Homesickness and culture shock

Preparing for moving abroad or for a long journey is more than just taking care of important documents. Many who move will later discover that everyday life in Australia will not always turn out as they dreamed of it to be. Despite being well prepared and having all the paperwork in order, some choose to move back to their home country for this very reason.

When I read guidebooks, heavenly wonderful travel reports or blogs with photos from sunny beaches, I seldom see anyone talking about what problems one might encounter in Australia. It’s easy to get the impression that it never rains or that life in Sydney is a walk in the park. My experience, however, is that many emigrants in most cases initially think that the move is very difficult; Wrestling with doubts, insecurity and homesickness. For most people, everything will work out and they manage to establish a daily life in the new country, while others feel such overwhelmingly negative feelings that they choose to go back home. I know that many newcomers experience a clash of cultures and initially feel very uncertain after their move abroad.

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Cars and car rentals in Australia

Buy a car as a backpacker

You can buy a used car in Australia from either a car dealer, at an auction or from a private person. If you buy from a car dealer you know that you are guaranteed to be the owner of the car and aren’t buying stolen goods, but the cheapest cars you get from private persons (especially other travellers who have to sell their car before they go home again). Many of these cars have been driven long distances, so be on your guard and don’t buy the first best car you’ll lay your eyes upon. Of course, you don’t want to buy a jalopy that breaks down on the trip, it might be worthwhile to test drive the car to a local workshop and pay $50-$100 to let a mechanic inspect it before you decide.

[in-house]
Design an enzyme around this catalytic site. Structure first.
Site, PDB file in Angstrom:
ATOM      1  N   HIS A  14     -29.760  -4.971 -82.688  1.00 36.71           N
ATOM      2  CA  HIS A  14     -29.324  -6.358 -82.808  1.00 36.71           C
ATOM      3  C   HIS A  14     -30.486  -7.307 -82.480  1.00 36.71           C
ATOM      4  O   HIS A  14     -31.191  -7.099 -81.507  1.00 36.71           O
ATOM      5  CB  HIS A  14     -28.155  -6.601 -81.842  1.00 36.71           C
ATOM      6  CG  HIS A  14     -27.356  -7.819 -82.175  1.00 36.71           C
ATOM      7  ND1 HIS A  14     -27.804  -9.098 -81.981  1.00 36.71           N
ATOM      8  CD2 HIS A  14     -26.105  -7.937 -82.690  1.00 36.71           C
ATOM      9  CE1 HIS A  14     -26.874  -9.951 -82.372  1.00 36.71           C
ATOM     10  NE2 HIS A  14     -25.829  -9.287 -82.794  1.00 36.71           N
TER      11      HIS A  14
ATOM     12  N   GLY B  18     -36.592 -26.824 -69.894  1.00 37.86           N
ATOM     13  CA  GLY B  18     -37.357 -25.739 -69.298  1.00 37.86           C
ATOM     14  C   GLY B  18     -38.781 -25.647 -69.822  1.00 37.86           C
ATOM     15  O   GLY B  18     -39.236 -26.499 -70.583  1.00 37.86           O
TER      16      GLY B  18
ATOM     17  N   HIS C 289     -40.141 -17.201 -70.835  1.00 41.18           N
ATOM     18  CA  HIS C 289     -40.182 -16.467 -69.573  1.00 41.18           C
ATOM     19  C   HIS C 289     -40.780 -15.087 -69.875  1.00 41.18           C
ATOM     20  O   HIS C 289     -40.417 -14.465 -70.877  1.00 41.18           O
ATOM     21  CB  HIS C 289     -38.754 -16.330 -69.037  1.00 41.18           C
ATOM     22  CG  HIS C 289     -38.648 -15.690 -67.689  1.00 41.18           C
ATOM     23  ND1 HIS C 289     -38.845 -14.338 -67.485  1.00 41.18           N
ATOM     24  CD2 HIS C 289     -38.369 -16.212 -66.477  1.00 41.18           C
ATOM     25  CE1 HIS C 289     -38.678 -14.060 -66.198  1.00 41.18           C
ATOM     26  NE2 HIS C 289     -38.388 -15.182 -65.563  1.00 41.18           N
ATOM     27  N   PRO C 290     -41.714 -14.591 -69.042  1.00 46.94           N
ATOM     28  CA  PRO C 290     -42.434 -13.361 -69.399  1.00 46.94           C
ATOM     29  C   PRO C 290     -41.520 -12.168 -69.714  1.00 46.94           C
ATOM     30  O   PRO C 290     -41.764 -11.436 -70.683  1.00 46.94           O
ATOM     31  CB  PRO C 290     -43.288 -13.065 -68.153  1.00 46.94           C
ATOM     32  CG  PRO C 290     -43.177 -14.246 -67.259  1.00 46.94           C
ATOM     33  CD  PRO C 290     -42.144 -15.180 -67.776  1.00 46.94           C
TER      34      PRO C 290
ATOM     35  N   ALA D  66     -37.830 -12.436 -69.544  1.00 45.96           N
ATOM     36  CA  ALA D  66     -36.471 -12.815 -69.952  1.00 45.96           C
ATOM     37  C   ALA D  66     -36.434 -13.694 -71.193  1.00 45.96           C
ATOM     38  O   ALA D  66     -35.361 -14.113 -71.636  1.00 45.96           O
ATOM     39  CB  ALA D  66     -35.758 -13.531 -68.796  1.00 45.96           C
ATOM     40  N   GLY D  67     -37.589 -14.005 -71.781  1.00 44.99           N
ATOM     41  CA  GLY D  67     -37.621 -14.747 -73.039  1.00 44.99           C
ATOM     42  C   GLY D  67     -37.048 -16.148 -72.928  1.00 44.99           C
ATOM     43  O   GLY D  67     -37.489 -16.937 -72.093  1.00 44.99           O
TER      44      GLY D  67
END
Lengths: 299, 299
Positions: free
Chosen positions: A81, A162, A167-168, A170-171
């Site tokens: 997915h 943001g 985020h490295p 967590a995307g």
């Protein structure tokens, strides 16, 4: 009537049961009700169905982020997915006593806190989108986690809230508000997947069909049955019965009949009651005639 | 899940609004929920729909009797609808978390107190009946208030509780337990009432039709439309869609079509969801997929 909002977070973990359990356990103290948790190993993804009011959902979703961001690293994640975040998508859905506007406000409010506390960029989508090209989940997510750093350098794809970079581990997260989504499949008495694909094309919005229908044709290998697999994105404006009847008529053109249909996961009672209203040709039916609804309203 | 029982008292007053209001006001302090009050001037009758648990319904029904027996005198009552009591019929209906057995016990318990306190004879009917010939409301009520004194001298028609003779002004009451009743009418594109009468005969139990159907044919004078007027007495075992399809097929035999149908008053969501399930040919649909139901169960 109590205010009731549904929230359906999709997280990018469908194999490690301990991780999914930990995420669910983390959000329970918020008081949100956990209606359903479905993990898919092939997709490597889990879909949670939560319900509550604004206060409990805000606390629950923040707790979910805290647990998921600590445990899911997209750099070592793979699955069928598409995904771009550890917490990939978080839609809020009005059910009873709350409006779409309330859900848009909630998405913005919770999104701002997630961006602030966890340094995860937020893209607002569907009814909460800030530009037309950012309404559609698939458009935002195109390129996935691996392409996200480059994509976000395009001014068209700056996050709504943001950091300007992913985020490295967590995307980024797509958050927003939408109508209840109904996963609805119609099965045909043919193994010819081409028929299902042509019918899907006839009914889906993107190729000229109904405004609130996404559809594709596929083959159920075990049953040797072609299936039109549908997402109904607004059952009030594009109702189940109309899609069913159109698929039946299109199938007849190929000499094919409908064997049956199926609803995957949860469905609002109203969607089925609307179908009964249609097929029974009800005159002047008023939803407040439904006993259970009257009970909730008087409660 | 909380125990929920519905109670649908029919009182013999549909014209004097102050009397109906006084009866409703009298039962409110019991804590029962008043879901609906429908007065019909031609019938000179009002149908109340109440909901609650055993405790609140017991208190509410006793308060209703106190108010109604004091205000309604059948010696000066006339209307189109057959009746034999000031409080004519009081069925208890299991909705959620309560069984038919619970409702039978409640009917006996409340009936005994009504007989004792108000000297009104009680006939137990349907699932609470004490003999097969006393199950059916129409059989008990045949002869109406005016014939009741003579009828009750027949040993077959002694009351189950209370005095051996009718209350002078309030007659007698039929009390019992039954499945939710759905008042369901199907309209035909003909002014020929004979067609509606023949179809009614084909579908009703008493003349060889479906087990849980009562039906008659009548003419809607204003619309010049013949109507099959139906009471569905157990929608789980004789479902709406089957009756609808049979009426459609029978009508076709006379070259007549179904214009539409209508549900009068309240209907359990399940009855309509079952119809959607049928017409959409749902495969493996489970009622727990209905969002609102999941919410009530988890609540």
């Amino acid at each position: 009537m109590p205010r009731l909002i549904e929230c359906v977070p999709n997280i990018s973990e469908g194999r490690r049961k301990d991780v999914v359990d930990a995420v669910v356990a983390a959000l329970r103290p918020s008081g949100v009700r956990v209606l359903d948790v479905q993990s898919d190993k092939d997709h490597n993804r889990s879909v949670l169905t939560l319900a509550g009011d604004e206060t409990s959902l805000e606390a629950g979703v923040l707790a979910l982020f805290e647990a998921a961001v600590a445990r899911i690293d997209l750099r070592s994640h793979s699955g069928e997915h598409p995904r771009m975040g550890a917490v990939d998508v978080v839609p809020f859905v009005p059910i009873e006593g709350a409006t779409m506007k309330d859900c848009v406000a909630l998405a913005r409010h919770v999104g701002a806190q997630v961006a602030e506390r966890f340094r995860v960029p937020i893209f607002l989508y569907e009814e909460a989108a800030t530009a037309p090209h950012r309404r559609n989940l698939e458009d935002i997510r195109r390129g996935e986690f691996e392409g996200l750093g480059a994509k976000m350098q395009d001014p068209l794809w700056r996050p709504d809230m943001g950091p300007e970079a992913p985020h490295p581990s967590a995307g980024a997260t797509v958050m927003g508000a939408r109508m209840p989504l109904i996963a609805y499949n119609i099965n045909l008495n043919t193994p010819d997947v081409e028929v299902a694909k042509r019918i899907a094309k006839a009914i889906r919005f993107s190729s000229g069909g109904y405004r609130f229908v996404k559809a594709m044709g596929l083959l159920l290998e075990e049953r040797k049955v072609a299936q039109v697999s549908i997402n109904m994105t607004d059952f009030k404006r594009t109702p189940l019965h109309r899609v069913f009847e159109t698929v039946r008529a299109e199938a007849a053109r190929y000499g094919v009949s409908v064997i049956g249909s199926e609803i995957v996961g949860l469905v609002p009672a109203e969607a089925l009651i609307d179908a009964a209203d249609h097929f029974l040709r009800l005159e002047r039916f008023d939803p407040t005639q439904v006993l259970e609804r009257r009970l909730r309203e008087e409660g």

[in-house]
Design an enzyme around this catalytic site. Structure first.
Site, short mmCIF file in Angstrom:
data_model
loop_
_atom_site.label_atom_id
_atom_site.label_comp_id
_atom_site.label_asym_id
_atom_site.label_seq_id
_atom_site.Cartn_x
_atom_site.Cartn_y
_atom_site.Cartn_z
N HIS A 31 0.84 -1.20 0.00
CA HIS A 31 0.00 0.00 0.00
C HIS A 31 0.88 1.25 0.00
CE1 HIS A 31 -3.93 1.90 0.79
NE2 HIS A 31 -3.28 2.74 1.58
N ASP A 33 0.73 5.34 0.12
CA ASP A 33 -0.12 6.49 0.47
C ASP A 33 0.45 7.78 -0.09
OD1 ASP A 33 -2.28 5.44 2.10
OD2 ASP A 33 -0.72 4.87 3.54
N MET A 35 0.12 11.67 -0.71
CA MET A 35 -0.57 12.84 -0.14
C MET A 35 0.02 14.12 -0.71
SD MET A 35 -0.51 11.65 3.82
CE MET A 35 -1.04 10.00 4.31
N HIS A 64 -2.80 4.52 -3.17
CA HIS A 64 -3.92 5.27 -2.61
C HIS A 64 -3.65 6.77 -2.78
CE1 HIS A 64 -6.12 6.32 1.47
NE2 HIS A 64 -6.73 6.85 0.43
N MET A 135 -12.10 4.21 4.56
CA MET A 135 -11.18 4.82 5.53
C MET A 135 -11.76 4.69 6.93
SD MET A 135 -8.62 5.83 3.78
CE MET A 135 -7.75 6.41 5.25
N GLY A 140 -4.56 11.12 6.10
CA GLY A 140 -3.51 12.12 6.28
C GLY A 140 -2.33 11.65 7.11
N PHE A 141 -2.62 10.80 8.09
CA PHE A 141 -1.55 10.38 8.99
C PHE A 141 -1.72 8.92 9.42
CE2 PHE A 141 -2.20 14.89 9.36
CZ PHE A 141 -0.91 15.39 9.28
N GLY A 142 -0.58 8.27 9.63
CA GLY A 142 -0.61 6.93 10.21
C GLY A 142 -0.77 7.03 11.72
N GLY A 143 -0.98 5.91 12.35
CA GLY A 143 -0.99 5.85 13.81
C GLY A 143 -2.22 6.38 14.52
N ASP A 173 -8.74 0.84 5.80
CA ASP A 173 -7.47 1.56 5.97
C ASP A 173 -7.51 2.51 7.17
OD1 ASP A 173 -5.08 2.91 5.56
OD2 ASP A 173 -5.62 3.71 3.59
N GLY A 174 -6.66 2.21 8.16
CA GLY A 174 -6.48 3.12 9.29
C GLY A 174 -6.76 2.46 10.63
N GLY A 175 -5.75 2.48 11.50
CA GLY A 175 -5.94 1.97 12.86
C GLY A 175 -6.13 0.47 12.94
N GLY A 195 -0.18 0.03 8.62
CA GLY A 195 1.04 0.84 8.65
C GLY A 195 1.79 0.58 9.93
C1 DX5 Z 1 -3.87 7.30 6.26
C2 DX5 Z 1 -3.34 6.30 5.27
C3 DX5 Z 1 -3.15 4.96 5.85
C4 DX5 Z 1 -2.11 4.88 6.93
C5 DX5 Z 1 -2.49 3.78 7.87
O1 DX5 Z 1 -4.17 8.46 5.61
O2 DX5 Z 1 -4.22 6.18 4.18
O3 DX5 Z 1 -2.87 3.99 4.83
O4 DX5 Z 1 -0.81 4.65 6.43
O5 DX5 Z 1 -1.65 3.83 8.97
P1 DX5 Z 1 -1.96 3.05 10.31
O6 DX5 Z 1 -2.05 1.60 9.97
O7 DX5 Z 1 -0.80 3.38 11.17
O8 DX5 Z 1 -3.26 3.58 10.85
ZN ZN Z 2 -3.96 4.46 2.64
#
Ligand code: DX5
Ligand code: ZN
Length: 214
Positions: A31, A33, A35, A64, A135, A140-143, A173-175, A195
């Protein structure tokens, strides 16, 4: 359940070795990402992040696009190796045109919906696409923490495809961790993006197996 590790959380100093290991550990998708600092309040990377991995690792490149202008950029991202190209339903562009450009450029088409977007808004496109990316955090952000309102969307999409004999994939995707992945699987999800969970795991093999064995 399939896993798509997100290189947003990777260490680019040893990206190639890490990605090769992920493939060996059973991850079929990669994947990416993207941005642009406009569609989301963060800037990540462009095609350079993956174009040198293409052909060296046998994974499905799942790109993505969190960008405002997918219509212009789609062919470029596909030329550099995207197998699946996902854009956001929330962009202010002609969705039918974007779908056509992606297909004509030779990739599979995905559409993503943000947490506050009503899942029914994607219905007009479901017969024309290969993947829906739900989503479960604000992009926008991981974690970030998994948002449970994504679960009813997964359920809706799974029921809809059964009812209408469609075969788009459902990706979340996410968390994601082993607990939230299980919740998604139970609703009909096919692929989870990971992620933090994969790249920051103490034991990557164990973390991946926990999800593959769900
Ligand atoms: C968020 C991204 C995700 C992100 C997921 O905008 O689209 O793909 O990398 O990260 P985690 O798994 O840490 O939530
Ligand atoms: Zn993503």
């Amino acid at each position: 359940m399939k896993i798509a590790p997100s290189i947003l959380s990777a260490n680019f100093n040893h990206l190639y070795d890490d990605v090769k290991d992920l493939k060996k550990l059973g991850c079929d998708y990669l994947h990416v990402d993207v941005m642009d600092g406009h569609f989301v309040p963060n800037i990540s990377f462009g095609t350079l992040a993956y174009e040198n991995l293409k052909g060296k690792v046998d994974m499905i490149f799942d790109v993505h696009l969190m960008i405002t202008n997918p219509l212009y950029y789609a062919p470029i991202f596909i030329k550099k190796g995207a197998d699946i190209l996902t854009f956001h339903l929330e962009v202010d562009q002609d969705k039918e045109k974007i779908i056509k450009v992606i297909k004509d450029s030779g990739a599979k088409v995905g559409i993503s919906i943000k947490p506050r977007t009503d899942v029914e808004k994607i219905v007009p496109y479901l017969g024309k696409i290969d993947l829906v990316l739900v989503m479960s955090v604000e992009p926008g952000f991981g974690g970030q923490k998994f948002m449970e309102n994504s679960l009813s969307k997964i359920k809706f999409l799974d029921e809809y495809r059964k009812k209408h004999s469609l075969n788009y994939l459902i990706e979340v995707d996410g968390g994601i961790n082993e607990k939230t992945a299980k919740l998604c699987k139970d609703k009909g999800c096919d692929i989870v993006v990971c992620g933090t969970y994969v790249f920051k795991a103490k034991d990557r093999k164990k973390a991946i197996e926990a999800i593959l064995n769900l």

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Study in Australia

If you want to study in Australia, start by first applying for a place at a university, college or a school. Only after you have been offered a place it is time to apply for a student visa from Australian Immigration. The Australian Government also requires students to have access to just over (AUD) $20,000 per year for living costs (prices correct in October 2018).

Before I describe the process of the application, I would like to explain some basic concepts. To begin with, it is important to understand that even if the Australian education system is generally high-class, there are some rogue educational providers who are more interested in taking a lot of money from international students instead of providing training and education that is of high class.

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Tax and pension (superannuation) in Australia

You must have a Tax File Number

As in other countries, also in Australia you must pay income tax on the money you earn. In order to do this, you must be able to be identified by the Australian Tax Office (ATO) (ato.gov.au). Australia does not use social security numbers, instead personal identification numbers have been introduced for tax issues, called Tax File Number (TFN). Your TFN is unique to you and your tax, its purpose is to help ATO to match tax instalments to the right person. When you sign a contract with your employer, you must enter your tax file number so that your tax is paid into the correct account.

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Working in Australia

The Australian labour market can be very tough or very welcoming. How easy it is for you to find a job depends on the local business cycle, your training and experience, what job you are looking for and in which industry you want to work. As back home, it is of course easier for you to find a well-paid nice job if you have relevant training and experience. Experience seems to be more important than training for employers down here and if you can point out that you’ve done same or similar tasks before, it will be much easier for you to get a job.